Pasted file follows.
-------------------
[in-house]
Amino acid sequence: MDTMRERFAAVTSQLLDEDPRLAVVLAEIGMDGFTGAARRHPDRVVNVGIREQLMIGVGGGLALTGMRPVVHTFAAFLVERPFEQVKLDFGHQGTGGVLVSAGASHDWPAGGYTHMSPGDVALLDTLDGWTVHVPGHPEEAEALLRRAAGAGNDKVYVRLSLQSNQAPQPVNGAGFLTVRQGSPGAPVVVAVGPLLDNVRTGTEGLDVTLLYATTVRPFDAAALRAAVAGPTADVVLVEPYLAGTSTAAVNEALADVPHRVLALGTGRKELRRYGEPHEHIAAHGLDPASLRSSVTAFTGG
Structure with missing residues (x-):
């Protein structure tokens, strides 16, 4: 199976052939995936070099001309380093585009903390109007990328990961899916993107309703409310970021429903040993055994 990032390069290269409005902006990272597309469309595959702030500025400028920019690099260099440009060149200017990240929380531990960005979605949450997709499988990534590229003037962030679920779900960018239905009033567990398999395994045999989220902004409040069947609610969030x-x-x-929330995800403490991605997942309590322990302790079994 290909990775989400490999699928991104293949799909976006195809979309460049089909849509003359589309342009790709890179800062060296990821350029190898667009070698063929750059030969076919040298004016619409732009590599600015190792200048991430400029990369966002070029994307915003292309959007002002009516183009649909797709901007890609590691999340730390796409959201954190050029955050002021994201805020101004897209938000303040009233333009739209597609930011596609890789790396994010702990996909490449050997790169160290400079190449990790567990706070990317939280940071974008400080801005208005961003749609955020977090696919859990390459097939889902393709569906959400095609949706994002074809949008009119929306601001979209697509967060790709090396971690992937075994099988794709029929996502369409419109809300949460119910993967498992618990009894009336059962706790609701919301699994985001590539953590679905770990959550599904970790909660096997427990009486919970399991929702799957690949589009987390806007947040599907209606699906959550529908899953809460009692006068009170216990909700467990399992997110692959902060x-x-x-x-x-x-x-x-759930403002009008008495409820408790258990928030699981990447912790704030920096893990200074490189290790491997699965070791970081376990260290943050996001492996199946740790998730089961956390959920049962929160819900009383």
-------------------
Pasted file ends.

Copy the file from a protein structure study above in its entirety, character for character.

[in-house]
Amino acid sequence: MDTMRERFAAVTSQLLDEDPRLAVVLAEIGMDGFTGAARRHPDRVVNVGIREQLMIGVGGGLALTGMRPVVHTFAAFLVERPFEQVKLDFGHQGTGGVLVSAGASHDWPAGGYTHMSPGDVALLDTLDGWTVHVPGHPEEAEALLRRAAGAGNDKVYVRLSLQSNQAPQPVNGAGFLTVRQGSPGAPVVVAVGPLLDNVRTGTEGLDVTLLYATTVRPFDAAALRAAVAGPTADVVLVEPYLAGTSTAAVNEALADVPHRVLALGTGRKELRRYGEPHEHIAAHGLDPASLRSSVTAFTGG
Structure with missing residues (x-):
């Protein structure tokens, strides 16, 4: 199976052939995936070099001309380093585009903390109007990328990961899916993107309703409310970021429903040993055994 990032390069290269409005902006990272597309469309595959702030500025400028920019690099260099440009060149200017990240929380531990960005979605949450997709499988990534590229003037962030679920779900960018239905009033567990398999395994045999989220902004409040069947609610969030x-x-x-929330995800403490991605997942309590322990302790079994 290909990775989400490999699928991104293949799909976006195809979309460049089909849509003359589309342009790709890179800062060296990821350029190898667009070698063929750059030969076919040298004016619409732009590599600015190792200048991430400029990369966002070029994307915003292309959007002002009516183009649909797709901007890609590691999340730390796409959201954190050029955050002021994201805020101004897209938000303040009233333009739209597609930011596609890789790396994010702990996909490449050997790169160290400079190449990790567990706070990317939280940071974008400080801005208005961003749609955020977090696919859990390459097939889902393709569906959400095609949706994002074809949008009119929306601001979209697509967060790709090396971690992937075994099988794709029929996502369409419109809300949460119910993967498992618990009894009336059962706790609701919301699994985001590539953590679905770990959550599904970790909660096997427990009486919970399991929702799957690949589009987390806007947040599907209606699906959550529908899953809460009692006068009170216990909700467990399992997110692959902060x-x-x-x-x-x-x-x-759930403002009008008495409820408790258990928030699981990447912790704030920096893990200074490189290790491997699965070791970081376990260290943050996001492996199946740790998730089961956390959920049962929160819900009383």